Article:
I completely agree on the system hardening. Why harden the system when it only breaks stuff and still leaves the system vulnerable? Reminds me of Trump’s half ass border wall. Not that we needed the wall in the first place.

And HIPS, yeah, prompt bombardment is never a good thing.

Having said that…Traditional and next-gen AV should make the auto-decision while deny-by-default should stop the user from accidently doing something stupid (and to act as an additional layer just in case the AV fails).
 

McMcbrad

Level 10
I completely agree on the system hardening. Why harden the system when it only breaks stuff and still leaves the system vulnerable? Reminds me of Trump’s half ass border wall. Not that we needed the wall in the first place.

And HIPS, yeah, prompt bombardment is never a good thing.

Having said that…Traditional and next-gen AV should make the auto-decision while deny-by-default should stop the user from accidently doing something stupid (and to act as an additional layer just in case the AV fails).
I believe it's called Poka Yoke 🙄😅😎
Also, frequent prompts lead to "security hatred" where the user just don't care anymore what they are pressing, they just want these prompts to go away.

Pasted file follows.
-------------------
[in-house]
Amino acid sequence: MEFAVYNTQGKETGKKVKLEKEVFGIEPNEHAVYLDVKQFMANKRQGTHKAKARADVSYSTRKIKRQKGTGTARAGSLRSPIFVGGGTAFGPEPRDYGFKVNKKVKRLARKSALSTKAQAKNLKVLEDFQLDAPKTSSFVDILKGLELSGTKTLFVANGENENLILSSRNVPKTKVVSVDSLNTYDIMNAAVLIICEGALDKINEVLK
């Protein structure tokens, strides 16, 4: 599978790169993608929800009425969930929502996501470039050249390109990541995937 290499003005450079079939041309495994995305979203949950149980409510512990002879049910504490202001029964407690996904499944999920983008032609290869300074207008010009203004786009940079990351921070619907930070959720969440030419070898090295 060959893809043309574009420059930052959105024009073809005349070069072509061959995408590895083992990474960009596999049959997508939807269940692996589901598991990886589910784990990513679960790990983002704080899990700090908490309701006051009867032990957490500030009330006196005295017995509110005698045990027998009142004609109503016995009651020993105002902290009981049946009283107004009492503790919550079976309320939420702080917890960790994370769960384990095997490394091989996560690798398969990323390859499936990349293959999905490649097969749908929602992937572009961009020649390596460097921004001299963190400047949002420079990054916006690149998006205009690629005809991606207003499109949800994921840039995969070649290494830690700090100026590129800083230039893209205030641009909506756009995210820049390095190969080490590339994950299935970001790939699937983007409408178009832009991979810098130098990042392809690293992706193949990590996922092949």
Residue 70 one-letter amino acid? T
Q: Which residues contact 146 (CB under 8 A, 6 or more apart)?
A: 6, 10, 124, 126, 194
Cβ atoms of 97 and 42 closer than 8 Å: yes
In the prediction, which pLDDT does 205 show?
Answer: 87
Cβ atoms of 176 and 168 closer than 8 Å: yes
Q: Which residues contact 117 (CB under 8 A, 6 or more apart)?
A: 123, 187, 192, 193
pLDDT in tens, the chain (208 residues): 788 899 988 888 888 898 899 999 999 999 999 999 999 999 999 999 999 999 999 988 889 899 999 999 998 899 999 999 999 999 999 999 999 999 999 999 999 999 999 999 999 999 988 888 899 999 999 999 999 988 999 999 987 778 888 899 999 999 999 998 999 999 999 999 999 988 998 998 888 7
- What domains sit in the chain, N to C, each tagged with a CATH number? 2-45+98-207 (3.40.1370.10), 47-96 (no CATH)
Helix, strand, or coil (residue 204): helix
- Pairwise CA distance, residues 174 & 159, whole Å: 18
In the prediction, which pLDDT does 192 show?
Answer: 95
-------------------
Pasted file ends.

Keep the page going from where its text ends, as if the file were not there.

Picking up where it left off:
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Andy Ful

Level 65
Verified
Trusted
Content Creator
...
I wanna mention 4 rubbish advises:

1. Recommending system hardening, HIPS (&HIPS-like) utilities, or any other sort of programs that wait on user to take a decision.
This is either a security or usability disaster and is guaranteed to bring you calls 3:00 in the morning.
Security is professionals' s job, it's not for users to decide what's good and bad.
...
It is probably true for recommendations when we do not know much about users' skills, preferences, and habits. It is mostly true for average users who cannot get help from an experienced user. But otherwise, it is not generally true and can highly depend on the Hardening/HIPS/Program configuration. Many MT members seem to be happy with programs that use YES/NO alerts. But it is also true that many of them try to kill the system with such programs.:)
An example of a useful feature based on user decision can be Windows SmartScreen.

Post edited.
 
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McMcbrad

Level 10
It is probably true for recommendations when we do not know much about users' skills, preferences, and habits. It is mostly true for average users who cannot get help from an experienced user. But otherwise, it is not generally true and can highly depend on the Hardening/HIPS/Program configuration. Many MT members seem to be happy with programs that use YES/NO alerts.
An example of a useful feature based on user decision can be Windows SmartScreen.
Oh I am not talking about MT users, as we are knowledgeable and I don't believe someone would waste time on advising us.
I am talking about the average Joe who thinks trojan horse is one specific virus and not a whole group.